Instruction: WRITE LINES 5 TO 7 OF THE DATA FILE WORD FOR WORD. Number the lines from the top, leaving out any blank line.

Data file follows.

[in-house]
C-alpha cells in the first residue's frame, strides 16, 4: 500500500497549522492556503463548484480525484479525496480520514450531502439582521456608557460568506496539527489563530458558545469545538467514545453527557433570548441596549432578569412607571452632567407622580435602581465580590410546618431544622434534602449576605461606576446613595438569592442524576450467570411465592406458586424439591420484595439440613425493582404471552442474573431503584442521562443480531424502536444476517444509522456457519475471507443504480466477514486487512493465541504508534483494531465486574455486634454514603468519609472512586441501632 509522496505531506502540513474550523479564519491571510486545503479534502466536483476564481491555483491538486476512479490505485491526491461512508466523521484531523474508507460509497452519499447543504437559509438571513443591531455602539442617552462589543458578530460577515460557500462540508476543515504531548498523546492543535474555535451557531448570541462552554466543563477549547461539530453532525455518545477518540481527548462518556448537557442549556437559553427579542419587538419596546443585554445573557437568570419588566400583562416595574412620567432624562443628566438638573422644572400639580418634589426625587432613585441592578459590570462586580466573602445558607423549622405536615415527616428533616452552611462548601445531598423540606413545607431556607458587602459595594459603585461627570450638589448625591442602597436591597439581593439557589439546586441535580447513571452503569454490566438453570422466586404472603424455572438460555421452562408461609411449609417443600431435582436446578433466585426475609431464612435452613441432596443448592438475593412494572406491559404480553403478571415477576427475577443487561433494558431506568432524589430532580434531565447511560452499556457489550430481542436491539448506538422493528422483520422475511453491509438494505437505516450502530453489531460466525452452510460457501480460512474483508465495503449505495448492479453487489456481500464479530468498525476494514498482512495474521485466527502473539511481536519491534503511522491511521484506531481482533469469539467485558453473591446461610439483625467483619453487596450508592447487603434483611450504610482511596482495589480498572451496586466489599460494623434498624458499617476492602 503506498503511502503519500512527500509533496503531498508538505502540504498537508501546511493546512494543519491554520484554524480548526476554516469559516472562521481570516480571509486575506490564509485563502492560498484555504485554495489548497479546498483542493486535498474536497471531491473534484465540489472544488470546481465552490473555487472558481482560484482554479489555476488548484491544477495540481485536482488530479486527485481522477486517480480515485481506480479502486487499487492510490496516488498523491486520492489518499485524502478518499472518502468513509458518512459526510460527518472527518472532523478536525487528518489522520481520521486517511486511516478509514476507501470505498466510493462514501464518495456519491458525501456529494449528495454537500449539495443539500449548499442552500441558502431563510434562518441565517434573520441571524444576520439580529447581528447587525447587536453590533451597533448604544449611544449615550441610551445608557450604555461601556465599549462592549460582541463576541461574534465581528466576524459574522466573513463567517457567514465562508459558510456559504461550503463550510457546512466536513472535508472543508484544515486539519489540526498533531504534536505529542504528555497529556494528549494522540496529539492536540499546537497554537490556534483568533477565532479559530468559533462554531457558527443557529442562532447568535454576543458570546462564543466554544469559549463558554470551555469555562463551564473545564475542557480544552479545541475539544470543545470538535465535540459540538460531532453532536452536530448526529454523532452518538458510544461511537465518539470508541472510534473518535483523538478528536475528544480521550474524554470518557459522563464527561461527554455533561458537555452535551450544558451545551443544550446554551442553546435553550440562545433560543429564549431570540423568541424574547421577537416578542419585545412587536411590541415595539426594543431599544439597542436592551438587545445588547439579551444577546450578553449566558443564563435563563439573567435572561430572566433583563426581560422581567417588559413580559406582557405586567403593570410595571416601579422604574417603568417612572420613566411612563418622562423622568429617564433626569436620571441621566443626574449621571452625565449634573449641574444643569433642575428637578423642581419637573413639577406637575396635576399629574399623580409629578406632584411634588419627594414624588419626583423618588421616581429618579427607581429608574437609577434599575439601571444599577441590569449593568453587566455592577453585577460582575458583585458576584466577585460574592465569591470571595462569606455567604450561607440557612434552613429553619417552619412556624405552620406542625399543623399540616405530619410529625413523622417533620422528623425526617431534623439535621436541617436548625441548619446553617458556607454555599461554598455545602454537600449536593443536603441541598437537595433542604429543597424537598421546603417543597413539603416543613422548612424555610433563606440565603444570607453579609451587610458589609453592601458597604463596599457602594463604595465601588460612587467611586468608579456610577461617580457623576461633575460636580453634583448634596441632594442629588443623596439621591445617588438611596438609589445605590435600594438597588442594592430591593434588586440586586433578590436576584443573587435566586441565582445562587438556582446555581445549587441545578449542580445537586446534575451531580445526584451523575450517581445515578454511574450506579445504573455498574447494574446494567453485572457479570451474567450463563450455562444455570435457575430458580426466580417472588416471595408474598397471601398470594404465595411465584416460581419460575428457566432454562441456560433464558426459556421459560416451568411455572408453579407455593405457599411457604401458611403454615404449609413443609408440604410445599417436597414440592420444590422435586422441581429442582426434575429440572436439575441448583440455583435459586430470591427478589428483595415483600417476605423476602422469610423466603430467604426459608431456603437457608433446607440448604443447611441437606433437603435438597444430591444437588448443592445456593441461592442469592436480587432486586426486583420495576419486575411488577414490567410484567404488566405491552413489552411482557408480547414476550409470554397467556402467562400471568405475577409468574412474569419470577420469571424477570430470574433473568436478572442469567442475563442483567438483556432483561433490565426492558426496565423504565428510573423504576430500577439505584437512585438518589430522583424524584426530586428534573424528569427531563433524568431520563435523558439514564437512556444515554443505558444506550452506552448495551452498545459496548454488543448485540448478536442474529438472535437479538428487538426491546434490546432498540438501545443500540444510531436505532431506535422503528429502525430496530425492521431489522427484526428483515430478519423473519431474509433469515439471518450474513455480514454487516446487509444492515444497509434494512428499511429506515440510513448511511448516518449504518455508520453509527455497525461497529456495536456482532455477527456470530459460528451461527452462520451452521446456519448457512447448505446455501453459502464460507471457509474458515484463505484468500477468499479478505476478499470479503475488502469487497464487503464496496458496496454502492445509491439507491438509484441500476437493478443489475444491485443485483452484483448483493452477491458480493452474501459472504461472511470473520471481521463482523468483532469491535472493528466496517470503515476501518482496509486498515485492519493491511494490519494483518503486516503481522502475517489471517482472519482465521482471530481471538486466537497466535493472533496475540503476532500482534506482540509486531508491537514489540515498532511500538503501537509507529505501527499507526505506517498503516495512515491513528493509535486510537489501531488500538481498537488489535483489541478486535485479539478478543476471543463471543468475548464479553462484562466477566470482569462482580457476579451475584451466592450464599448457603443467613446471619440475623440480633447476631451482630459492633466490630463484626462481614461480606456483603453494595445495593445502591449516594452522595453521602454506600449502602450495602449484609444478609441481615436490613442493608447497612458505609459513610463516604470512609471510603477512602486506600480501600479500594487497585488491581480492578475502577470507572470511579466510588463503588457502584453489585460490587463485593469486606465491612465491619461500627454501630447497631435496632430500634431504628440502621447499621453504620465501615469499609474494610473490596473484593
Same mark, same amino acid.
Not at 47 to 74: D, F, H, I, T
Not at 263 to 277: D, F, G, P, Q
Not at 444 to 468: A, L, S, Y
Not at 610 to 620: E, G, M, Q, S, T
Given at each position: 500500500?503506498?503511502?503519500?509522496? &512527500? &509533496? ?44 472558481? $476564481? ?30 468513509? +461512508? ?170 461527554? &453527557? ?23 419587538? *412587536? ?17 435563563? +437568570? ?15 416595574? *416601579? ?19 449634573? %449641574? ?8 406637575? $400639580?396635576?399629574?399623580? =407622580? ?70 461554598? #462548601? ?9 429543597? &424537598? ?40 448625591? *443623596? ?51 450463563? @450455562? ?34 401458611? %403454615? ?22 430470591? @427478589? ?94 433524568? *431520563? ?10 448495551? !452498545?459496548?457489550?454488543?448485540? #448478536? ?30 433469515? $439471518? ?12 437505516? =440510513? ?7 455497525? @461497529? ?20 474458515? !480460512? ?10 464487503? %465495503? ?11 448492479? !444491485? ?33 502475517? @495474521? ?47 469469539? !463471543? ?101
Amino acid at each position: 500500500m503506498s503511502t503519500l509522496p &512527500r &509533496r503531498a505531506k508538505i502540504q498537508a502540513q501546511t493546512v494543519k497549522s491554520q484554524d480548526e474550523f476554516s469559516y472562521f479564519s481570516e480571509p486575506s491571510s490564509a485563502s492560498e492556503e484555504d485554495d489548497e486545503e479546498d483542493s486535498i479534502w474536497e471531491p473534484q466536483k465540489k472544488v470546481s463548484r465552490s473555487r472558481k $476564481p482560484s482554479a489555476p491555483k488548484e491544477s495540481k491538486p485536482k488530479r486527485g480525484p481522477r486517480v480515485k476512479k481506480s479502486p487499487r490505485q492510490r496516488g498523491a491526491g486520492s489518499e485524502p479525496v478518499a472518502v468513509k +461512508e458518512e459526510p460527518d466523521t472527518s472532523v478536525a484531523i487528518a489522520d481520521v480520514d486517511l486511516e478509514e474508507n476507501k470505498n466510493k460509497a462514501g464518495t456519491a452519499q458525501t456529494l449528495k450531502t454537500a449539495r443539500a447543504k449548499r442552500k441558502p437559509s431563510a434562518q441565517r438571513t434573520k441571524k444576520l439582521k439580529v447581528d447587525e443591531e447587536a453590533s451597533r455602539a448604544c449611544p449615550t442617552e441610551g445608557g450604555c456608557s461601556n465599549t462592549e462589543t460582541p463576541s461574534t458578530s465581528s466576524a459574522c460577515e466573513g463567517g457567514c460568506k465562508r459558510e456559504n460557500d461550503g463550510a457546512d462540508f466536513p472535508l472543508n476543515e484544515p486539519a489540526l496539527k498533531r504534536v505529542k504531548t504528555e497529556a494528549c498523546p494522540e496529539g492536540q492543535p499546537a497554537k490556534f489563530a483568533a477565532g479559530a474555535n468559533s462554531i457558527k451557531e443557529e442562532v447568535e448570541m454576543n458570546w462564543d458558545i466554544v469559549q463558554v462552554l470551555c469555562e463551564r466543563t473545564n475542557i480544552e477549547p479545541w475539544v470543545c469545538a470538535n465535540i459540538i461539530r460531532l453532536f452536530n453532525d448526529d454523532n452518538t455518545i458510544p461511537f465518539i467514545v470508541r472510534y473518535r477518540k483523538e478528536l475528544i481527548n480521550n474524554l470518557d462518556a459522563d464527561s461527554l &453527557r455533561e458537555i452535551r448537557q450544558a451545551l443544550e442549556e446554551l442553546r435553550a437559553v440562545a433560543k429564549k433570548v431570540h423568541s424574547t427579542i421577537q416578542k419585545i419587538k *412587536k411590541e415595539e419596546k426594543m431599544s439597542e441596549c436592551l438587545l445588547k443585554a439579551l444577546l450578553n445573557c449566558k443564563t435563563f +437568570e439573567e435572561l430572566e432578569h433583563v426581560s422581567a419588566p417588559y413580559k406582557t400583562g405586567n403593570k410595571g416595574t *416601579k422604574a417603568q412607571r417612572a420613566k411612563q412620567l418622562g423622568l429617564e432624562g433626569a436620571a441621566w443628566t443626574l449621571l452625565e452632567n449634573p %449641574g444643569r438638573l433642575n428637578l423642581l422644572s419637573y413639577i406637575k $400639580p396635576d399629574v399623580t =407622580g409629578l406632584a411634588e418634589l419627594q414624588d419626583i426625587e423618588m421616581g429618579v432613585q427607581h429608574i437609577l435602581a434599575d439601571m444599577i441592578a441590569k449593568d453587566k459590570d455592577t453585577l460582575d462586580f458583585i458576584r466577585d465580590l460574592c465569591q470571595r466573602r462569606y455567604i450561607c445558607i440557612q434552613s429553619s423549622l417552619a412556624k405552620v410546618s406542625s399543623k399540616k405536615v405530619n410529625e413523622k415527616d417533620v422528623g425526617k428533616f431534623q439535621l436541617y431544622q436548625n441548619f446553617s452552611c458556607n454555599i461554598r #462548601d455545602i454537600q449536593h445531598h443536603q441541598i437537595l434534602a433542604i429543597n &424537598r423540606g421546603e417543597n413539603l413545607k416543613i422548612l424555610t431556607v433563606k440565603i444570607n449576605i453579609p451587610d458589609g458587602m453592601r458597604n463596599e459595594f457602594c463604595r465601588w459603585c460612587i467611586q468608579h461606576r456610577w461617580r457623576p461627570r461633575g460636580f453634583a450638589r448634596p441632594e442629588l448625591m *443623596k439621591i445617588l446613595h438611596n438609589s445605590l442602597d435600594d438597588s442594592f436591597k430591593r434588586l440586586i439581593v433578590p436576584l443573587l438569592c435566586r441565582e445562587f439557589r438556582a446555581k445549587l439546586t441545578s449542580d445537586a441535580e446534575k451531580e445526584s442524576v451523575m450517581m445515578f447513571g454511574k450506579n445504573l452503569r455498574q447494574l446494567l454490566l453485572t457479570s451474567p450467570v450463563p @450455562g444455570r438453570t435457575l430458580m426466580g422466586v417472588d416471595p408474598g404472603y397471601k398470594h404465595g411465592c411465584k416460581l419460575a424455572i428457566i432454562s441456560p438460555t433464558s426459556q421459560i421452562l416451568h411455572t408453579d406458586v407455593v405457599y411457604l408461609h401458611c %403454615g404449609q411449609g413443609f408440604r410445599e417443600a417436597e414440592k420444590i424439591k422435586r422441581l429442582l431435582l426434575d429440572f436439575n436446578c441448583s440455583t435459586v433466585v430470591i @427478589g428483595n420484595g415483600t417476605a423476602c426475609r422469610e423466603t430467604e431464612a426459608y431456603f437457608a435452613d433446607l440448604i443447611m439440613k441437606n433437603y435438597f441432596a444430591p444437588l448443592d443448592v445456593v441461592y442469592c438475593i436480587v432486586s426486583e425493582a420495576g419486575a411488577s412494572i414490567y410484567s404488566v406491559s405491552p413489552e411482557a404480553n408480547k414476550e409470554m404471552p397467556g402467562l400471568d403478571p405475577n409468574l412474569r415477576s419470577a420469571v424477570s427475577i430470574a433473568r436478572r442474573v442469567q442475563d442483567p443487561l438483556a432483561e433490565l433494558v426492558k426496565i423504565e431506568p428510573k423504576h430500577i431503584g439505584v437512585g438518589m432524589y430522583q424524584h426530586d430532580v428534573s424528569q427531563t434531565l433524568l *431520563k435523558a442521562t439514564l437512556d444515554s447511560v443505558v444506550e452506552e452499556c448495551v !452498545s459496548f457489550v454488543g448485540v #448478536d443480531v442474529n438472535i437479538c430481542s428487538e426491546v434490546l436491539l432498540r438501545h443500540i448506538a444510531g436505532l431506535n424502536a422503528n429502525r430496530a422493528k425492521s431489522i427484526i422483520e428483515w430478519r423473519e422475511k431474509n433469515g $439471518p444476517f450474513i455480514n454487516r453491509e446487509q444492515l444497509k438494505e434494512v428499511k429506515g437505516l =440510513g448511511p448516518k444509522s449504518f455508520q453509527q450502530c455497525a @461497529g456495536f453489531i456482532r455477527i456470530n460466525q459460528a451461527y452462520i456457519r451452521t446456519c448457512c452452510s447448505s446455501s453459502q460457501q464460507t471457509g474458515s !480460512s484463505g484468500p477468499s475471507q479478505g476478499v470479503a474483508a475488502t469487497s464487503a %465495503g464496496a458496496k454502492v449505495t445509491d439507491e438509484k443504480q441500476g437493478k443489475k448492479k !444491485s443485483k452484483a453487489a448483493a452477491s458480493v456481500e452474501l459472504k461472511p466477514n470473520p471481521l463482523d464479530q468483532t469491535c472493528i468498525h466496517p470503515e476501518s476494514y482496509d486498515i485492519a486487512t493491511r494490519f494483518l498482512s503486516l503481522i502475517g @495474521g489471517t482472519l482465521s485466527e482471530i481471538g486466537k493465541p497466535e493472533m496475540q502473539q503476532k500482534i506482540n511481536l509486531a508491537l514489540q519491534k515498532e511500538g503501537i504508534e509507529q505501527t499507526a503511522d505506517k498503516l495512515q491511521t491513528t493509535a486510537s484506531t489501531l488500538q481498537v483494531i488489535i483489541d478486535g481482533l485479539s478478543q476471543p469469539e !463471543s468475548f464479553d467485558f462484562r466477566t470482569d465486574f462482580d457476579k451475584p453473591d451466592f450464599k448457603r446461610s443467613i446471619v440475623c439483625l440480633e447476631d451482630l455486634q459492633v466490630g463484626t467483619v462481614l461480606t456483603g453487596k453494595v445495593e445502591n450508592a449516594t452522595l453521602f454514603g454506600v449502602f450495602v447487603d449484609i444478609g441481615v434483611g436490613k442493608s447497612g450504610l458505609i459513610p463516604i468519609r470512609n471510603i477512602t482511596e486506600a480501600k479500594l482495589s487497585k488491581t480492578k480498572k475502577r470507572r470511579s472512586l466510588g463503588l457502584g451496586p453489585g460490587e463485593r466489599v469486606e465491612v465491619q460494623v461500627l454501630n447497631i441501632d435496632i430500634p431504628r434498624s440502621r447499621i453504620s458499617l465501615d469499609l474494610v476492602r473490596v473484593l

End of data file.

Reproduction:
Not at 263 to 277: D, F, G, P, Q
Not at 444 to 468: A, L, S, Y
Not at 610 to 620: E, G, M, Q, S, T